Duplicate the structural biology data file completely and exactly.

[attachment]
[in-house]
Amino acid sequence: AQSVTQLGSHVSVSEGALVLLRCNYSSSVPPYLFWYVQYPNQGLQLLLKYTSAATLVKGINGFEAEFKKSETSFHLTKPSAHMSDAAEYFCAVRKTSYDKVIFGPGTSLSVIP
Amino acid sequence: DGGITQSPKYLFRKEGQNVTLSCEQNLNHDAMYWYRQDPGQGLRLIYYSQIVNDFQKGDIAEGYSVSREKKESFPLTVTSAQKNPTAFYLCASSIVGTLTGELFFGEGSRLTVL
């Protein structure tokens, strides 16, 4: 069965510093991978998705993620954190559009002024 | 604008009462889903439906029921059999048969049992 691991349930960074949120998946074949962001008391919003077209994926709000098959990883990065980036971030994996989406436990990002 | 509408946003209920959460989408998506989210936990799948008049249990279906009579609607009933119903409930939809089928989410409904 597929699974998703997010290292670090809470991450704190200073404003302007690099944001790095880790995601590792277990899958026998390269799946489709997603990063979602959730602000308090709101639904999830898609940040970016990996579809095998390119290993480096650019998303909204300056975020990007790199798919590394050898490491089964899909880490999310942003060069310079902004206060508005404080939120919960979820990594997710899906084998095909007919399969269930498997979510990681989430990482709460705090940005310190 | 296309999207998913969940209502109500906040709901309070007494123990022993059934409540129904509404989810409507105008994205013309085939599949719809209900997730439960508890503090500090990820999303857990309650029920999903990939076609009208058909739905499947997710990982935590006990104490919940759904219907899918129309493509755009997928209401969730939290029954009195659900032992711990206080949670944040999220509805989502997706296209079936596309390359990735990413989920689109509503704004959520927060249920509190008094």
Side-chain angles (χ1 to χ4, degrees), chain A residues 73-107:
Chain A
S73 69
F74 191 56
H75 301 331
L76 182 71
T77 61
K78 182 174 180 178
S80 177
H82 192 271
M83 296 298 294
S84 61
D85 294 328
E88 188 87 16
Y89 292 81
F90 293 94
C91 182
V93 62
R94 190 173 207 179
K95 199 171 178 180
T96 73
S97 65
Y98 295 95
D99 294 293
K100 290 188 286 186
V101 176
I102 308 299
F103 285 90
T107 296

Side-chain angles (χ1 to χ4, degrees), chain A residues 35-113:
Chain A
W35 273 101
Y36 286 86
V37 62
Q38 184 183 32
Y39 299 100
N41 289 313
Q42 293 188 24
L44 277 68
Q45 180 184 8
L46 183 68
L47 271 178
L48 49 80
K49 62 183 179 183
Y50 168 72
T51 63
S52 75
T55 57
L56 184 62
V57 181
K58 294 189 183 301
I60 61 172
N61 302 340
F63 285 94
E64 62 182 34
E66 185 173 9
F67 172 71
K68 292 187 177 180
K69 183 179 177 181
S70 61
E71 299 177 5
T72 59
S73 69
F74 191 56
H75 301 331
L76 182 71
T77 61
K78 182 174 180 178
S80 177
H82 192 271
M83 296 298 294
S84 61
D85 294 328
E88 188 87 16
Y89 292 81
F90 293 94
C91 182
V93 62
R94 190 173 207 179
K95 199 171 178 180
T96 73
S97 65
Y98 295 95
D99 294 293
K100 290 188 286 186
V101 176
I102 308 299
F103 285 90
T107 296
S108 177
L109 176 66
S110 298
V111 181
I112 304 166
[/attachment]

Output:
[in-house]
Amino acid sequence: AQSVTQLGSHVSVSEGALVLLRCNYSSSVPPYLFWYVQYPNQGLQLLLKYTSAATLVKGINGFEAEFKKSETSFHLTKPSAHMSDAAEYFCAVRKTSYDKVIFGPGTSLSVIP
Amino acid sequence: DGGITQSPKYLFRKEGQNVTLSCEQNLNHDAMYWYRQDPGQGLRLIYYSQIVNDFQKGDIAEGYSVSREKKESFPLTVTSAQKNPTAFYLCASSIVGTLTGELFFGEGSRLTVL
């Protein structure tokens, strides 16, 4: 069965510093991978998705993620954190559009002024 | 604008009462889903439906029921059999048969049992 691991349930960074949120998946074949962001008391919003077209994926709000098959990883990065980036971030994996989406436990990002 | 509408946003209920959460989408998506989210936990799948008049249990279906009579609607009933119903409930939809089928989410409904 597929699974998703997010290292670090809470991450704190200073404003302007690099944001790095880790995601590792277990899958026998390269799946489709997603990063979602959730602000308090709101639904999830898609940040970016990996579809095998390119290993480096650019998303909204300056975020990007790199798919590394050898490491089964899909880490999310942003060069310079902004206060508005404080939120919960979820990594997710899906084998095909007919399969269930498997979510990681989430990482709460705090940005310190 | 296309999207998913969940209502109500906040709901309070007494123990022993059934409540129904509404989810409507105008994205013309085939599949719809209900997730439960508890503090500090990820999303857990309650029920999903990939076609009208058909739905499947997710990982935590006990104490919940759904219907899918129309493509755009997928209401969730939290029954009195659900032992711990206080949670944040999220509805989502997706296209079936596309390359990735990413989920689109509503704004959520927060249920509190008094």
Side-chain angles (χ1 to χ4, degrees), chain A residues 73-107:
Chain A
S73 69
F74 191 56
H75 301 331
L76 182 71
T77 61
K78 182 174 180 178
S80 177
H82 192 271
M83 296 298 294
S84 61
D85 294 328
E88 188 87 16
Y89 292 81
F90 293 94
C91 182
V93 62
R94 190 173 207 179
K95 199 171 178 180
T96 73
S97 65
Y98 295 95
D99 294 293
K100 290 188 286 186
V101 176
I102 308 299
F103 285 90
T107 296

Side-chain angles (χ1 to χ4, degrees), chain A residues 35-113:
Chain A
W35 273 101
Y36 286 86
V37 62
Q38 184 183 32
Y39 299 100
N41 289 313
Q42 293 188 24
L44 277 68
Q45 180 184 8
L46 183 68
L47 271 178
L48 49 80
K49 62 183 179 183
Y50 168 72
T51 63
S52 75
T55 57
L56 184 62
V57 181
K58 294 189 183 301
I60 61 172
N61 302 340
F63 285 94
E64 62 182 34
E66 185 173 9
F67 172 71
K68 292 187 177 180
K69 183 179 177 181
S70 61
E71 299 177 5
T72 59
S73 69
F74 191 56
H75 301 331
L76 182 71
T77 61
K78 182 174 180 178
S80 177
H82 192 271
M83 296 298 294
S84 61
D85 294 328
E88 188 87 16
Y89 292 81
F90 293 94
C91 182
V93 62
R94 190 173 207 179
K95 199 171 178 180
T96 73
S97 65
Y98 295 95
D99 294 293
K100 290 188 286 186
V101 176
I102 308 299
F103 285 90
T107 296
S108 177
L109 176 66
S110 298
V111 181
I112 304 166